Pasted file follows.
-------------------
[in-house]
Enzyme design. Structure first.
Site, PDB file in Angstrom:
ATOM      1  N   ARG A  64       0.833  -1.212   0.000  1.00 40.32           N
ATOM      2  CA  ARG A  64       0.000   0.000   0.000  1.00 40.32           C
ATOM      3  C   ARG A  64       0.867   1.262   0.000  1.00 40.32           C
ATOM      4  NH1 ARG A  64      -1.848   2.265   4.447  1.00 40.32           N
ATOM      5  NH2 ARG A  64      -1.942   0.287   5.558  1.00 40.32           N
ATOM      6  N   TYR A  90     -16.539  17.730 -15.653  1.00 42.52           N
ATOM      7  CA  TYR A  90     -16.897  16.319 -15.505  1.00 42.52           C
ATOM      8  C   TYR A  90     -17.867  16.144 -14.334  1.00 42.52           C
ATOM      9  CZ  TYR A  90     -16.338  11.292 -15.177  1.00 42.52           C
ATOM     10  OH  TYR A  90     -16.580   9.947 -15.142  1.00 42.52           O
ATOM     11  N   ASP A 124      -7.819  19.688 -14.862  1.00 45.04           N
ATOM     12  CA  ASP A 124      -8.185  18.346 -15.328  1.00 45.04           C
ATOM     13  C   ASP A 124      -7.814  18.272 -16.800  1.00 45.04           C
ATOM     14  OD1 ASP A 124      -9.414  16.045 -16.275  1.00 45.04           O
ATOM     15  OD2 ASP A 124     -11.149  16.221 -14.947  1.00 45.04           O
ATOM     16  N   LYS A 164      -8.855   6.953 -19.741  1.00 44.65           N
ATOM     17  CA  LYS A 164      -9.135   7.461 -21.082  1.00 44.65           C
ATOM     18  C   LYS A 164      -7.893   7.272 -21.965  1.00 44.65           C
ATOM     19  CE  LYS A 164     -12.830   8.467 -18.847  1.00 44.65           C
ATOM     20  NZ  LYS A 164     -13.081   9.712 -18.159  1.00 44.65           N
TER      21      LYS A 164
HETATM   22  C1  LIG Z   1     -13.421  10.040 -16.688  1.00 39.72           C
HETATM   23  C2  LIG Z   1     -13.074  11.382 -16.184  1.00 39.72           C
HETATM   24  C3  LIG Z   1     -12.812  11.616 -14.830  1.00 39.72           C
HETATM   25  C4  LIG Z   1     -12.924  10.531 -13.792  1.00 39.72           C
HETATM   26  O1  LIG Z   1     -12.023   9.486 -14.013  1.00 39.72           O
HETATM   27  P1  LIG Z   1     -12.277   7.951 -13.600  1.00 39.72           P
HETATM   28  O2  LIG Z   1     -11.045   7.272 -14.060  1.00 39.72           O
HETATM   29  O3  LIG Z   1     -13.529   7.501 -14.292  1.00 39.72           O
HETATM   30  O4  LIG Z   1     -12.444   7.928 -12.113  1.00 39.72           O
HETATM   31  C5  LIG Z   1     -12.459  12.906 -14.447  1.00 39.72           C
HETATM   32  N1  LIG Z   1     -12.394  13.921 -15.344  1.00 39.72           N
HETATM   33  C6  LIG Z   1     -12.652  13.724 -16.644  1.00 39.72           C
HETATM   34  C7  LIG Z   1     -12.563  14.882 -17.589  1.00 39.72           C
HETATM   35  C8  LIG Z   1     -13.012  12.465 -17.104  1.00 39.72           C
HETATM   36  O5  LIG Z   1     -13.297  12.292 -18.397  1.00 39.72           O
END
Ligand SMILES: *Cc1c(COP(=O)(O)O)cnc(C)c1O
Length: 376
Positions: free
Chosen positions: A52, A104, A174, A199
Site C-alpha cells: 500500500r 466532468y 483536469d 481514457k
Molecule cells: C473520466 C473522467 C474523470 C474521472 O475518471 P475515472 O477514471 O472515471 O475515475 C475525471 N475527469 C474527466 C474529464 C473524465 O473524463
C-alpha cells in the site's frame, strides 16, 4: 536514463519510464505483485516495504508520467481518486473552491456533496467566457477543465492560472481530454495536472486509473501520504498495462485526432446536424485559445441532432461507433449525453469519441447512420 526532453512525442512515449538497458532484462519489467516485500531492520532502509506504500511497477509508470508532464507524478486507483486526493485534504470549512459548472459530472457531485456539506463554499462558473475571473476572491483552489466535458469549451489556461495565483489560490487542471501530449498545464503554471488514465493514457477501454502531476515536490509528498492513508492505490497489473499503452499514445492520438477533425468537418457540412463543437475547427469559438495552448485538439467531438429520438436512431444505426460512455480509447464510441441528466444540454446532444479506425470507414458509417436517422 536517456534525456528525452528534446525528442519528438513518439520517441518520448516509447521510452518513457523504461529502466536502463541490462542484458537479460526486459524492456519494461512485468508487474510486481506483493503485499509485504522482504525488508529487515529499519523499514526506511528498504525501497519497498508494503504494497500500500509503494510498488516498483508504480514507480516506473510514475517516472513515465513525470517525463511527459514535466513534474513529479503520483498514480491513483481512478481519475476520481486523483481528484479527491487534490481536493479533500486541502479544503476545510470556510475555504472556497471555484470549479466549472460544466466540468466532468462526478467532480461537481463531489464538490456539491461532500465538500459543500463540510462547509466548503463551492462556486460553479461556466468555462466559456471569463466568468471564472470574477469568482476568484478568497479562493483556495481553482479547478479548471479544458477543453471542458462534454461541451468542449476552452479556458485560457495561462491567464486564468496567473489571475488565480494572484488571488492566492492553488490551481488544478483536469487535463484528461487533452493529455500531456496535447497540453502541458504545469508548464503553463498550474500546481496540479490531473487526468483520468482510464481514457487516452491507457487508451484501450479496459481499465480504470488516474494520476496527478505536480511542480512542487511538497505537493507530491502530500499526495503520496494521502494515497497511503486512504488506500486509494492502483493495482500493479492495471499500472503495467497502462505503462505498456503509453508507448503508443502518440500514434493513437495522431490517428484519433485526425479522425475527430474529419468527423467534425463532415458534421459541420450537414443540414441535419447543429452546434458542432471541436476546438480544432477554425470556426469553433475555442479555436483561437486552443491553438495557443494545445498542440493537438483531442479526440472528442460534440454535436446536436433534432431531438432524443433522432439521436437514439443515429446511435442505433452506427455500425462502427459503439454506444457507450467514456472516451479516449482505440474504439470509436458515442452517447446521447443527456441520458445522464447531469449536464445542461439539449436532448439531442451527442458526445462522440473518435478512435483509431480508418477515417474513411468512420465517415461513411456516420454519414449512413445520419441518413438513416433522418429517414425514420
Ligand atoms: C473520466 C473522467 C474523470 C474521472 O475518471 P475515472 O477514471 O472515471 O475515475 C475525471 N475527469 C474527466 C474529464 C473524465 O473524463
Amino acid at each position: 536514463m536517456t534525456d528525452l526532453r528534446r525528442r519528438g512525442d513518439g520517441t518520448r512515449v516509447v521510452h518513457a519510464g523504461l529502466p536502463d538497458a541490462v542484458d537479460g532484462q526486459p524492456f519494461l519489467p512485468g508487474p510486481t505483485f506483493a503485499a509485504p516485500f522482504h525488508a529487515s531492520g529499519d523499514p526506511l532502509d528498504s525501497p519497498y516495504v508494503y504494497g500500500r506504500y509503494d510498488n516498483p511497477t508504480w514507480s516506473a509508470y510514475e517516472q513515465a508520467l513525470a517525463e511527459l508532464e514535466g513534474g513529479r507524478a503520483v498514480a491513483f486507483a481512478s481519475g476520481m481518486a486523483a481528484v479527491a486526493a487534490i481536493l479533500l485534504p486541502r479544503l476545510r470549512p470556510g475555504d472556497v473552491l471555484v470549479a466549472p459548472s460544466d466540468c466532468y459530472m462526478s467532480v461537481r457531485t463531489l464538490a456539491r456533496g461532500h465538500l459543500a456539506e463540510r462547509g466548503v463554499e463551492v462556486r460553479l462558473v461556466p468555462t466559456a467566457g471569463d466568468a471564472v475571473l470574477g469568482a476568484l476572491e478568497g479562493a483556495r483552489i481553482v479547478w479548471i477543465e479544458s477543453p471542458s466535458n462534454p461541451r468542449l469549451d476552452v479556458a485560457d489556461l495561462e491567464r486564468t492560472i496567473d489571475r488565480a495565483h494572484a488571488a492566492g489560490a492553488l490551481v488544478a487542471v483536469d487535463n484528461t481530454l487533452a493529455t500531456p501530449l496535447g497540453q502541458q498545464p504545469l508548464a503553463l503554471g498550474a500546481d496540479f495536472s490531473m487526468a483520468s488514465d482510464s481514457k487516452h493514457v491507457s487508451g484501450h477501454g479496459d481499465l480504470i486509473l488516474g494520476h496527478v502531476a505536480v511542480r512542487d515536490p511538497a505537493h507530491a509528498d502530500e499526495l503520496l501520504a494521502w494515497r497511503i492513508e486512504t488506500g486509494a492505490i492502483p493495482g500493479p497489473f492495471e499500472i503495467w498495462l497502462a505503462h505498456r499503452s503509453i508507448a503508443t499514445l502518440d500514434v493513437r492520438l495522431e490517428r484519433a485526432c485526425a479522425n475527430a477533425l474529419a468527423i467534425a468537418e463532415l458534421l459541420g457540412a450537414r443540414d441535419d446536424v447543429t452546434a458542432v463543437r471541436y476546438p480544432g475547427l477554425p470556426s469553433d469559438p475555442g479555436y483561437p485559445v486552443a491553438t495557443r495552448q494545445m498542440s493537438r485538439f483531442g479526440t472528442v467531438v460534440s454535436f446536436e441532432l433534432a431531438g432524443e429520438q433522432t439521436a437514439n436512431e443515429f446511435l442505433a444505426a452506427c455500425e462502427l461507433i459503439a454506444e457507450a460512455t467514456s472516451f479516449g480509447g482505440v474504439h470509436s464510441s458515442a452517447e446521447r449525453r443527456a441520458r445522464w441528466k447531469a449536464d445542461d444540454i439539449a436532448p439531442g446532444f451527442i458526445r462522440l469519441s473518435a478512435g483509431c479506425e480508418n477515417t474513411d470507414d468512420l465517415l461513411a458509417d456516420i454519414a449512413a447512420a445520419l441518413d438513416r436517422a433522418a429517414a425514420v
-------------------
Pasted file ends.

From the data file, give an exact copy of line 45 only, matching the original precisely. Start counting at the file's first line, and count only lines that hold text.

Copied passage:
Site C-alpha cells: 500500500r 466532468y 483536469d 481514457k